RAF Waddington through the Ages: Part 2 The Outbreak of World War 2

Following the pre-war expansion period; by the outbreak of WW2 in September 1939, 44 & 50 Squadron were the only flying units left at RAF Waddington. By that point, both squadrons were operating the Hampden bomber tasked with “Armed Reconnaissance”: Anti-Shipping Patrols designed to find and attack German ships in the North Sea.  The first mission of the War was tasked for the evening of 3rd September – the 9 crews failed to find any targets in poor weather.  Crew training had been haphazard: some of the pilots had never flown with a full bomb load before this mission; one of the pilots had logged less than 4 hours total night flying experience.

Below: Hampdens of 44 Squadron being prepared on 3rd of Sept 1939

The war hotted up for Waddington following the German invasion of Norway in April 1940.  On the 12th April, a mixed formation of twelve Hampdens from 44 and 50 Sqns attacked a German warship in Kristansand harbour in daylight.  German fighters engaged during the run-in: five Hampdens were shot down over the target and a further aircraft ditched during the return.

Right below:

The technical problems of the Manchester were solved with the Mk 3 variant; the wing was extended and 4 Merlin engines added. This much improved aircraft was renamed the “Lancaster” and as 44 Sqn soon discovered, proved to be the outstanding bomber of WW2.

The Battle of the Barges 1940:


Following the departure of 50 Sqn in 1940, 44 Sqn remained as the only squadron until the Manchesters of 207 Squadron arrived at the end of the year. The squadron’s primary role continued to be shipping attack, and the newly captured French ports being used by the German Navy provided plenty of targets. While the Battle of Britain raged during the summer of 1940 at night, Bomber Command carried the fight to the German invasion forces at the Channel ports in a “forgotten” campaign known as “The Battle of the Barges”.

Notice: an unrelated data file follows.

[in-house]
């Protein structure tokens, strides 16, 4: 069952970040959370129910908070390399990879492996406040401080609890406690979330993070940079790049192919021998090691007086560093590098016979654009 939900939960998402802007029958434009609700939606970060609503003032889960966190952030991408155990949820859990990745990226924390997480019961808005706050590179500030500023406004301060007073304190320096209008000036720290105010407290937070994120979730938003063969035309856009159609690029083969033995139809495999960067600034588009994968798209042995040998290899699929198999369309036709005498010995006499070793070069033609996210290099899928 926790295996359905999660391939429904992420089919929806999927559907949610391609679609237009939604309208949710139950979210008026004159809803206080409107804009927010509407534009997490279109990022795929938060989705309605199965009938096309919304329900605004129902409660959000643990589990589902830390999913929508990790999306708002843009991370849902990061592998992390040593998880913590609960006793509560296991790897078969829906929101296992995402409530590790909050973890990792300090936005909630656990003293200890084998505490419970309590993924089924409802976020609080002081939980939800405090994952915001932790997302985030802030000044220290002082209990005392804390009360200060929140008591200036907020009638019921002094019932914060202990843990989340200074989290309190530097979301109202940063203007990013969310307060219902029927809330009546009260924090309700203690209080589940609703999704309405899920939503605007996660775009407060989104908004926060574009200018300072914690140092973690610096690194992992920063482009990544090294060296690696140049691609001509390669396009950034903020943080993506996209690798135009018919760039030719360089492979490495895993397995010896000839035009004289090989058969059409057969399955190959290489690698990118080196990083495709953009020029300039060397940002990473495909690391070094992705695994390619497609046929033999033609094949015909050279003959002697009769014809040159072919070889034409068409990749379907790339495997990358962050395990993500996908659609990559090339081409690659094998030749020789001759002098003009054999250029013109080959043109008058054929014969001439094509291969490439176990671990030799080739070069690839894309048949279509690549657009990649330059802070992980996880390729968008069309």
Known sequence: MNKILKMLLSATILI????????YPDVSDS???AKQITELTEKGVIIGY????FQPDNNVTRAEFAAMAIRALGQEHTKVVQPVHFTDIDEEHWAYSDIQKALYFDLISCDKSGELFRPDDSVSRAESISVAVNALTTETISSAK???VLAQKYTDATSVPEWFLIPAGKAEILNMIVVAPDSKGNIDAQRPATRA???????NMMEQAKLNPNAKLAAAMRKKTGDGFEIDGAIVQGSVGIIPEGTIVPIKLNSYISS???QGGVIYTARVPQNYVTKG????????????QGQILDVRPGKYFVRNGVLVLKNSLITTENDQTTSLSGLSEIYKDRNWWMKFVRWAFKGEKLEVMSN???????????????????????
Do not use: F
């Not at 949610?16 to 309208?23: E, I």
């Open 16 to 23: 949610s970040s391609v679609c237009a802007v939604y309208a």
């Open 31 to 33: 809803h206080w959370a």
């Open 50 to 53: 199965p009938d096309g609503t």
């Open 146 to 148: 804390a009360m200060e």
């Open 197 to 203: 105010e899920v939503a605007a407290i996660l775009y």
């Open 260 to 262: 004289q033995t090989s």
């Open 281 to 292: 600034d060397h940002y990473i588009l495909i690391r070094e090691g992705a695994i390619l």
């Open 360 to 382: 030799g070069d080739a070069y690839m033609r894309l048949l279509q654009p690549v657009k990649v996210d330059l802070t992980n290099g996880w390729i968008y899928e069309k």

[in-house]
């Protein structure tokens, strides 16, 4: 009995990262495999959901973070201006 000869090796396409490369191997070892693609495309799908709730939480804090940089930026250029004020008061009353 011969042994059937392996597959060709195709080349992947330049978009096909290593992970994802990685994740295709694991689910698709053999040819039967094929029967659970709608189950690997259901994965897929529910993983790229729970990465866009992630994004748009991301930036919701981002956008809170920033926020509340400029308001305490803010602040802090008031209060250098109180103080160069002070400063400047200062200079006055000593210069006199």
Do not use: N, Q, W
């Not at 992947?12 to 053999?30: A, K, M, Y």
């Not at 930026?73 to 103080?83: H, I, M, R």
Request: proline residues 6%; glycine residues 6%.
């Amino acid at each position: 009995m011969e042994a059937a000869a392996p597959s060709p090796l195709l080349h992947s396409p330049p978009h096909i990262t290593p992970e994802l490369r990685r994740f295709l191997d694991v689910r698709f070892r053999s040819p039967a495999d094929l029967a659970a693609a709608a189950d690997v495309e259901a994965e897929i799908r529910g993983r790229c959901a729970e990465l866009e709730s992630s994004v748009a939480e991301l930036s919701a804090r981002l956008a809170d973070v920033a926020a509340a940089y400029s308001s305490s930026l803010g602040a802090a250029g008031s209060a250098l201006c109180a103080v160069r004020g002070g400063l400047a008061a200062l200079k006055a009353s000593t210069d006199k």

The Avro Manchester: 207 Sqn, Nov 40 – Nov 41

Waddington regained its 2nd squadron in November 1940:

No 207 Sqn was formed to operate the AVRO Manchester medium bomber – the first Sqn to operate the type in RAF service.  Although a sound concept, the Manchester suffered from many technical problems. 207 Sqn soldiered on with the Manchester, but lost almost as many aircraft due to accidents as to enemy action: the unreliable and underpowered Rolls Royce Vulture engines could not cope with the demands of carrying ever increasing fuel and bomb loads – the loss of an engine due to either technical reasons or enemy action usually led to the loss of the entire aircraft.

Left: Waddington NAAFI – destroyed on 9th May 1941